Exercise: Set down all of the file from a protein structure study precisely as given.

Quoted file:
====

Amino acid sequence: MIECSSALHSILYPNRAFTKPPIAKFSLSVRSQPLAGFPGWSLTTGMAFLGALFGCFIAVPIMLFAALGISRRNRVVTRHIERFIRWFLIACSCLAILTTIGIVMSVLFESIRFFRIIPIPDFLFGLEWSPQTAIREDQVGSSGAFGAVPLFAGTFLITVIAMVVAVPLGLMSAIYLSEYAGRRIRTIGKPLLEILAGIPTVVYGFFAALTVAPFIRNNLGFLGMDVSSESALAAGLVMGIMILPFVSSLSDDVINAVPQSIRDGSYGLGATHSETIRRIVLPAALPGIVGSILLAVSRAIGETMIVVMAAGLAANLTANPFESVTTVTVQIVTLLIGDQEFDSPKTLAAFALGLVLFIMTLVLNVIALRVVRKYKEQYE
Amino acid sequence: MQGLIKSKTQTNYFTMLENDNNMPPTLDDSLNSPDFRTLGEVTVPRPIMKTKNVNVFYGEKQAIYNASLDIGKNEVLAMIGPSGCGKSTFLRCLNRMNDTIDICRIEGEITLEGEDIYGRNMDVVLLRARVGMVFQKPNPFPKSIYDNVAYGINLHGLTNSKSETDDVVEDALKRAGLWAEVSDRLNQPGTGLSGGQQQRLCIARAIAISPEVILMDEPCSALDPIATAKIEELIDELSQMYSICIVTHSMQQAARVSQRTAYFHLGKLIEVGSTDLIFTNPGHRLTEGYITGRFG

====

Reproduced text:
Amino acid sequence: MIECSSALHSILYPNRAFTKPPIAKFSLSVRSQPLAGFPGWSLTTGMAFLGALFGCFIAVPIMLFAALGISRRNRVVTRHIERFIRWFLIACSCLAILTTIGIVMSVLFESIRFFRIIPIPDFLFGLEWSPQTAIREDQVGSSGAFGAVPLFAGTFLITVIAMVVAVPLGLMSAIYLSEYAGRRIRTIGKPLLEILAGIPTVVYGFFAALTVAPFIRNNLGFLGMDVSSESALAAGLVMGIMILPFVSSLSDDVINAVPQSIRDGSYGLGATHSETIRRIVLPAALPGIVGSILLAVSRAIGETMIVVMAAGLAANLTANPFESVTTVTVQIVTLLIGDQEFDSPKTLAAFALGLVLFIMTLVLNVIALRVVRKYKEQYE
Amino acid sequence: MQGLIKSKTQTNYFTMLENDNNMPPTLDDSLNSPDFRTLGEVTVPRPIMKTKNVNVFYGEKQAIYNASLDIGKNEVLAMIGPSGCGKSTFLRCLNRMNDTIDICRIEGEITLEGEDIYGRNMDVVLLRARVGMVFQKPNPFPKSIYDNVAYGINLHGLTNSKSETDDVVEDALKRAGLWAEVSDRLNQPGTGLSGGQQQRLCIARAIAISPEVILMDEPCSALDPIATAKIEELIDELSQMYSICIVTHSMQQAARVSQRTAYFHLGKLIEVGSTDLIFTNPGHRLTEGYITGRFG